>> > >>> >>> >>> >>> running at any domain, since it should no-longer make 
>>any
>> > >>> >>> >>>difference
>> > >>> >>> >>> >>>where
>> > >>> >>> >>> >>> they are in the network...
>> > >>> >>> >>> >>> [12:41] <stenyak> yes, that's needed for
>> world-wide-public
>> > >>> waves,
>> > >>> >>> >>> >>>which is
>> > >>> >>> >>> >>> equivalent to a read-only forum on the net
>> > >>> >>> >>> >>> [12:41] <stenyak> then there could be server-public
>> waves,
>> > >>> which
>> > >>> >>> is
>> > >>> >>> >>> >>> equivalent to requiring sign-in to view a forum (and
>> > >>> >>> >>>coincidentally the
>> > >>> >>> >>> >>> current implementation of public waves in WiaB, 
>>right?)
>> > >>> >>> >>> >>> [12:43] * alown has never tested what happens with 
>>public
>> > >>> waves in
>> > >>> >>> >>>the
>> > >>> >>> >>> >>> current federation system
>> > >>> >>> >>> >>> *...8) Identifying participants (part 3):
>> > >>> >>> >>> >>> *
>> > >>> >>> >>> >>> [21:35] <josephg> - Who is a user? If a user is
>> > >>> >>> >>>stenyak@example.com,
>> > >>> >>> >>> >>>then
>> > >>> >>> >>> >>> we can put a server at example.com and it can hold
>> > >>>operations
>> > >>> for
>> > >>> >>> >>>you
>> > >>> >>> >>> >>> [21:36] <josephg> ie, if I add you to a wave, my 
>>computer
>> > >>>(or
>> > >>> my
>> > >>> >>> >>>wave
>> > >>> >>> >>> >>> server or something) can send a message to 
>>example.comto
>> > >>>say
>> > >>> >>> "Yo,
>> > >>> >>> >>> >>>here's
>> > >>> >>> >>> >>> some ops you should know about"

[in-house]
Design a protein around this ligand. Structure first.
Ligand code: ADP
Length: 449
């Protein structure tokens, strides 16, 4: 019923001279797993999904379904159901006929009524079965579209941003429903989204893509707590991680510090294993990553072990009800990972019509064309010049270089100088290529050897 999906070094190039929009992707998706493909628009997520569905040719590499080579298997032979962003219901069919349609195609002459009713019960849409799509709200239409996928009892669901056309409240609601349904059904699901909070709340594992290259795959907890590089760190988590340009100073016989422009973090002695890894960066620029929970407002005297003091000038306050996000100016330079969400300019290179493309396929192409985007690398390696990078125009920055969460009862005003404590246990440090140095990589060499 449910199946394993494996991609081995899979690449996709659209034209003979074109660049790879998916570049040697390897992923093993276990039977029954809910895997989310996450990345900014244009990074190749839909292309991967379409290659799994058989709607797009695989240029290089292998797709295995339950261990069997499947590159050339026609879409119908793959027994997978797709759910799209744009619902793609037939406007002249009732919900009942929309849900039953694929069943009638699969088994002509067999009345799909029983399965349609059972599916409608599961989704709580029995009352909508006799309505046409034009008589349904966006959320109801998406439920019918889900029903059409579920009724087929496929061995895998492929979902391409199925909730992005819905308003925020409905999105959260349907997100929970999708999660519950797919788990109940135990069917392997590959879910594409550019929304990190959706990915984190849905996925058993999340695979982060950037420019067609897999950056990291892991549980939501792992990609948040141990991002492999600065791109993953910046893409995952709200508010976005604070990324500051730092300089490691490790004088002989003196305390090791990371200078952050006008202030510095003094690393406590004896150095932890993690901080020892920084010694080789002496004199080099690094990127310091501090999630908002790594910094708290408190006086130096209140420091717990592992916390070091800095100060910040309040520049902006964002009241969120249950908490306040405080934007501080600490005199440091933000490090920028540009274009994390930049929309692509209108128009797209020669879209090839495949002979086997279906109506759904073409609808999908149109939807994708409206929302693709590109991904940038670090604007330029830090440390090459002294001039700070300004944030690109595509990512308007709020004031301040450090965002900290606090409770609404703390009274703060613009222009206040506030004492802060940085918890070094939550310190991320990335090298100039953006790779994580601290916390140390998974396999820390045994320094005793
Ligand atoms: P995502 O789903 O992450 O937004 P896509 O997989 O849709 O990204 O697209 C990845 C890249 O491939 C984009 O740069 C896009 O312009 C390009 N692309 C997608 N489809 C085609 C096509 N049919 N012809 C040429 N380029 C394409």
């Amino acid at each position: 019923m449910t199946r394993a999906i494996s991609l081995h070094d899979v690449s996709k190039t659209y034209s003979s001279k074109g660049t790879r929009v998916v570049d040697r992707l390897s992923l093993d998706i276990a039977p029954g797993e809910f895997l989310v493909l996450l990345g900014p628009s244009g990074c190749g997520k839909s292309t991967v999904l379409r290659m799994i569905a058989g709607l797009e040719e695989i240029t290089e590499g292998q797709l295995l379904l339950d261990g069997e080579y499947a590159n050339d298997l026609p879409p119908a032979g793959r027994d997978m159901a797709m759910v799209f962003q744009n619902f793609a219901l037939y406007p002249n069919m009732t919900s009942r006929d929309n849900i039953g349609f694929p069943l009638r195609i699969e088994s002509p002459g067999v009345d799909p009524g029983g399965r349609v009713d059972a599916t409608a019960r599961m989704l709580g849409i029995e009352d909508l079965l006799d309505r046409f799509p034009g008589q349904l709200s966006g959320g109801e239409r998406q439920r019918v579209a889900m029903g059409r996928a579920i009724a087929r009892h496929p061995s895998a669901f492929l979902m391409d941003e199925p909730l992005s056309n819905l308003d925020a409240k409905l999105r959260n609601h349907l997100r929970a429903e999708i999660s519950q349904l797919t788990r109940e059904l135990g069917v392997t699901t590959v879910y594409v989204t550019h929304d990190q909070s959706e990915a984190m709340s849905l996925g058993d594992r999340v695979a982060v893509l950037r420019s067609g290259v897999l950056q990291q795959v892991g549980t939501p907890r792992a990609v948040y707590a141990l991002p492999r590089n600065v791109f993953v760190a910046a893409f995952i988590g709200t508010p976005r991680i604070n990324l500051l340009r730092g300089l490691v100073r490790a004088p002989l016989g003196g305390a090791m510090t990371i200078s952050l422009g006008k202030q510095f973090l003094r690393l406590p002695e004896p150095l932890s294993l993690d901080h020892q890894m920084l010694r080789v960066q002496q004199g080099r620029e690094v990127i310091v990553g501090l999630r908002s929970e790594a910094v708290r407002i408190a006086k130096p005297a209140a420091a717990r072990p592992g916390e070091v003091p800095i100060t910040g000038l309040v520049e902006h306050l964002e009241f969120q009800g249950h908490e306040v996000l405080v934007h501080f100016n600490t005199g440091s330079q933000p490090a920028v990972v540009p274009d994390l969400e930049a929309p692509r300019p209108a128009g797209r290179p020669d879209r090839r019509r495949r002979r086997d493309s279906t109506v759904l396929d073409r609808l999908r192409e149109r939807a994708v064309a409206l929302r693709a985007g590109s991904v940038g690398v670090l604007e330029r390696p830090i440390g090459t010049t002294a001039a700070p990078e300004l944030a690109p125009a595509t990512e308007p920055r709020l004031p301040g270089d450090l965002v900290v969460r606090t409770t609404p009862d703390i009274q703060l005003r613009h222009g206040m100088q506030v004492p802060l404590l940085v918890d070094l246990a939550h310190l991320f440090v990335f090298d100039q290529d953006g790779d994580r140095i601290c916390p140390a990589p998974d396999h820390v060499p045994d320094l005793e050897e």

>> > >>> >>> >>> >>> [21:36] <josephg> that would be similar to a mailbox
>> > >>> >>> >>> >>> [21:37] <josephg> ... and it would work pretty well. 
>>Bear
>> > in
>> > >>> mind
>> > >>> >>> >>>that
>> > >>> >>> >>> >>> there's no reason operations have to go through the 
>>wave
>> > >>> server at
>> > >>> >>> >>> >>> example.com - if we're both on a LAN together, we 
>>could
>> > >>> discover
>> > >>> >>> >>>one
>> > >>> >>> >>> >>> another through DNS service discovery and send ops
>> directly
>> > >>> >>> >>> >>> [21:37] <josephg> .. without going through our 
>>respective
>> > >>>wave
>> > >>> >>> >>>servers
>> > >>> >>> >>> >>> [21:38] <josephg> However - if our identities aren't 
>>tied
>> > >>>to a
>> > >>> >>> >>>domain
>> > >>> >>> >>> >>>(eg
>> > >>> >>> >>> >>> bitcoin), then we'll need to use a dht or something.
>> > >>> >>> >>> >>> [21:42] <stenyak> the conclussion i've arrived at is 
>>that
>> > >>> "users"
>> > >>> >>> >>> >>> ultimately are a publickey (for which they have the
>> > >>> privatekey).
>> > >>> >>> >>>this
>> > >>> >>> >>> >>>is